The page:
Faculty Scholarship 1994 - Present

Investigating the Effects of Distraction and Task Complexity on Knowledge Worker Productivity in the Context of Mobile Computing Environments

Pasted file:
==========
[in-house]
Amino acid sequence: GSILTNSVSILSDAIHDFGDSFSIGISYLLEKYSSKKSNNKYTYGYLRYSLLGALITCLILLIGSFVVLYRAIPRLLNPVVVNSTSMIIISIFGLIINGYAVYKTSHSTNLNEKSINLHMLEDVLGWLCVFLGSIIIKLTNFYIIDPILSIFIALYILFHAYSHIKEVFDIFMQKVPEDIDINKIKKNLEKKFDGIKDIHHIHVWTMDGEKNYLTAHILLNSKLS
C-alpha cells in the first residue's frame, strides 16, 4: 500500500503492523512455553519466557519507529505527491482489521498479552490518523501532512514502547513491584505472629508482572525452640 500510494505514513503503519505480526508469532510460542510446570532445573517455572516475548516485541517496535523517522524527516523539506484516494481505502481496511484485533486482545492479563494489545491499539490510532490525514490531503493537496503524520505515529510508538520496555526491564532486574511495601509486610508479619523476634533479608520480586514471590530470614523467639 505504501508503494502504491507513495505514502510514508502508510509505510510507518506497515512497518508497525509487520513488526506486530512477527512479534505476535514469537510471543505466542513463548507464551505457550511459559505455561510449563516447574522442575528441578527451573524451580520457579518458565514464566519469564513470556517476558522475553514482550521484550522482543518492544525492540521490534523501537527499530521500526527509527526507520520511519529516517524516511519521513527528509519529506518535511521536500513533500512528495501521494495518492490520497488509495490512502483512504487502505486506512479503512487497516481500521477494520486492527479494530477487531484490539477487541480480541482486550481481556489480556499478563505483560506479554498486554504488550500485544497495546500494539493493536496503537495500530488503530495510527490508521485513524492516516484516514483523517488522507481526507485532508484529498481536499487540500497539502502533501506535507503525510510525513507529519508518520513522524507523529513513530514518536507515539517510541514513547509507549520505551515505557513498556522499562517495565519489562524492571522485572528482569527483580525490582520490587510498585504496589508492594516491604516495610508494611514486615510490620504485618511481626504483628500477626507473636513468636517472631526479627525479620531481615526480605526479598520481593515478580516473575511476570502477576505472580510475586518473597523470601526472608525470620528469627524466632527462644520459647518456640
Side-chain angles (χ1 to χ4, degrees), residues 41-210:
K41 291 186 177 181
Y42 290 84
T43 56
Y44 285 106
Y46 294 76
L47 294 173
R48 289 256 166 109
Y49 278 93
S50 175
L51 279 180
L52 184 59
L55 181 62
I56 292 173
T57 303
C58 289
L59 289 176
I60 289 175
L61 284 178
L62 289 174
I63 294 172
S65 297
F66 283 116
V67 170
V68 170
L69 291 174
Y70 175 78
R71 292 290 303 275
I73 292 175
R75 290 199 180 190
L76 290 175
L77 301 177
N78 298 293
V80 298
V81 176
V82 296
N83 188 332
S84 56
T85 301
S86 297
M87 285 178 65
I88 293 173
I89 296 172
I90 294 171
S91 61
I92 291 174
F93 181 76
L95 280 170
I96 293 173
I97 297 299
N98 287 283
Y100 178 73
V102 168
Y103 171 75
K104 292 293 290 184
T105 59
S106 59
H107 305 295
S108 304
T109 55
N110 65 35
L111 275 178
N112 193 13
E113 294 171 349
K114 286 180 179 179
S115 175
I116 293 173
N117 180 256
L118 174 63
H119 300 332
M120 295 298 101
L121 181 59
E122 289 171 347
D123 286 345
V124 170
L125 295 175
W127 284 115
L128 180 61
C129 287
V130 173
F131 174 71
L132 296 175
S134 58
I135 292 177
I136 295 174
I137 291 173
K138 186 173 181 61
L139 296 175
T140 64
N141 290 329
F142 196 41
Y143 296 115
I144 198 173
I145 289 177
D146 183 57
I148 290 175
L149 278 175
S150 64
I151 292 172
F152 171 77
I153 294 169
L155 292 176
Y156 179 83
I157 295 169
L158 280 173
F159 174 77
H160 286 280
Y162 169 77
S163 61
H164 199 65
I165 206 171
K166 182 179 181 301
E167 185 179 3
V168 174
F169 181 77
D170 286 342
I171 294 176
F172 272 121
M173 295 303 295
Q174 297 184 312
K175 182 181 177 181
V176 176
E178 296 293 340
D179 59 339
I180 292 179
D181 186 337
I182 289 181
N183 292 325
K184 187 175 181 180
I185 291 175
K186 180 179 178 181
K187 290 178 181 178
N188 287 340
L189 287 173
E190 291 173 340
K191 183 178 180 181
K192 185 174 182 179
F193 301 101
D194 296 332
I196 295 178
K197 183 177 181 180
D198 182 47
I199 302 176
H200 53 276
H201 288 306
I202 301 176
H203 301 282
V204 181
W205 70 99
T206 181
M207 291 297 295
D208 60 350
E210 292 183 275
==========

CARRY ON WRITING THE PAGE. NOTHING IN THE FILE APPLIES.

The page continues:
Mobile wireless computing is quickly growing in scope and popularity, and holds the promise of being the next major paradigm in personal computing. Given that mobile wireless computing does not limit the personal movement of individuals, this anytime, anyplace computing will provide both benefits and challenges. The ability to communicate anytime/anyplace offers new levels of flexibility and convenience, opening up numerous possibilities within the realm of work. Tasks that have been traditionally undertaken in a fixed setting, such as an office, can now be performed virtually anywhere, liberating knowledge workers from their cubicle prisons. Similarly, many types of field work can now benefit from any time/any place information accessibility and communications capabilities. Drawing on distraction-conflict theory, this research proposes a model of knowledge worker task performance within the context of a mobile wireless work environment. To test this model, a controlled laboratory experiment was conducted that contrasted task complexity and distraction levels on the task performance of individuals within a mobile wireless environment. Results indicate that regardless of task complexity, productivity losses will occur under both lower and higher levels of distraction. The implications of these results for future research and for the deployment of mobile technologies within organizations are discussed.